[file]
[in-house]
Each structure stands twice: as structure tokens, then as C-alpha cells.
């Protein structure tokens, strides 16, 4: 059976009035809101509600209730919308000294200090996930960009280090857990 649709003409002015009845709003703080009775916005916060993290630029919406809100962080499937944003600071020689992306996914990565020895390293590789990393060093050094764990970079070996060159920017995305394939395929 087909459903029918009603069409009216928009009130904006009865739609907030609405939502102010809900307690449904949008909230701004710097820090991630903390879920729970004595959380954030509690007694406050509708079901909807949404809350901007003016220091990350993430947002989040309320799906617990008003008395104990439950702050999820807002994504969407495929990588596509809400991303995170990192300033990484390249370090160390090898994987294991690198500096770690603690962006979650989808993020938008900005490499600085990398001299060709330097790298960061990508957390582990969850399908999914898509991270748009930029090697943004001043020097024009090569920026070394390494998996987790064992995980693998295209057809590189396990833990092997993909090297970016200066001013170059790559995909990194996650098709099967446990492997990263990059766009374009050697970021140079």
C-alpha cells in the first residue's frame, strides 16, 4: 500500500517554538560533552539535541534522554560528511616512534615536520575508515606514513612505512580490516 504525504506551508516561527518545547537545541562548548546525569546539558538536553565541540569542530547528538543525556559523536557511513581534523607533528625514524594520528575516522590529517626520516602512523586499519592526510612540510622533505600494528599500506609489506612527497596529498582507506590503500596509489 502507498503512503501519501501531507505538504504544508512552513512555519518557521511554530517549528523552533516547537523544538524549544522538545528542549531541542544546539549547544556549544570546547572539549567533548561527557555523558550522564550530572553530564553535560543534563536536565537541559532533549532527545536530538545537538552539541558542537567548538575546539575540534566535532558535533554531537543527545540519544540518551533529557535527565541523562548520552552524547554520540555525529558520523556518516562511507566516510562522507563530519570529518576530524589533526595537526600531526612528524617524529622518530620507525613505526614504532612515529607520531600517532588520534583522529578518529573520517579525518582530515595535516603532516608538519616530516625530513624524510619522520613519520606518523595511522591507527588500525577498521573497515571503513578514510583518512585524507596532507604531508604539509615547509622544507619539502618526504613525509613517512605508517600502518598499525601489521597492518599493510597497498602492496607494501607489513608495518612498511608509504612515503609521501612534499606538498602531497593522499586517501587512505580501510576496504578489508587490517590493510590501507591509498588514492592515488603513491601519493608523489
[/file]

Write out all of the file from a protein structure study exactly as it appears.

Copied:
[in-house]
Each structure stands twice: as structure tokens, then as C-alpha cells.
């Protein structure tokens, strides 16, 4: 059976009035809101509600209730919308000294200090996930960009280090857990 649709003409002015009845709003703080009775916005916060993290630029919406809100962080499937944003600071020689992306996914990565020895390293590789990393060093050094764990970079070996060159920017995305394939395929 087909459903029918009603069409009216928009009130904006009865739609907030609405939502102010809900307690449904949008909230701004710097820090991630903390879920729970004595959380954030509690007694406050509708079901909807949404809350901007003016220091990350993430947002989040309320799906617990008003008395104990439950702050999820807002994504969407495929990588596509809400991303995170990192300033990484390249370090160390090898994987294991690198500096770690603690962006979650989808993020938008900005490499600085990398001299060709330097790298960061990508957390582990969850399908999914898509991270748009930029090697943004001043020097024009090569920026070394390494998996987790064992995980693998295209057809590189396990833990092997993909090297970016200066001013170059790559995909990194996650098709099967446990492997990263990059766009374009050697970021140079």
C-alpha cells in the first residue's frame, strides 16, 4: 500500500517554538560533552539535541534522554560528511616512534615536520575508515606514513612505512580490516 504525504506551508516561527518545547537545541562548548546525569546539558538536553565541540569542530547528538543525556559523536557511513581534523607533528625514524594520528575516522590529517626520516602512523586499519592526510612540510622533505600494528599500506609489506612527497596529498582507506590503500596509489 502507498503512503501519501501531507505538504504544508512552513512555519518557521511554530517549528523552533516547537523544538524549544522538545528542549531541542544546539549547544556549544570546547572539549567533548561527557555523558550522564550530572553530564553535560543534563536536565537541559532533549532527545536530538545537538552539541558542537567548538575546539575540534566535532558535533554531537543527545540519544540518551533529557535527565541523562548520552552524547554520540555525529558520523556518516562511507566516510562522507563530519570529518576530524589533526595537526600531526612528524617524529622518530620507525613505526614504532612515529607520531600517532588520534583522529578518529573520517579525518582530515595535516603532516608538519616530516625530513624524510619522520613519520606518523595511522591507527588500525577498521573497515571503513578514510583518512585524507596532507604531508604539509615547509622544507619539502618526504613525509613517512605508517600502518598499525601489521597492518599493510597497498602492496607494501607489513608495518612498511608509504612515503609521501612534499606538498602531497593522499586517501587512505580501510576496504578489508587490517590493510590501507591509498588514492592515488603513491601519493608523489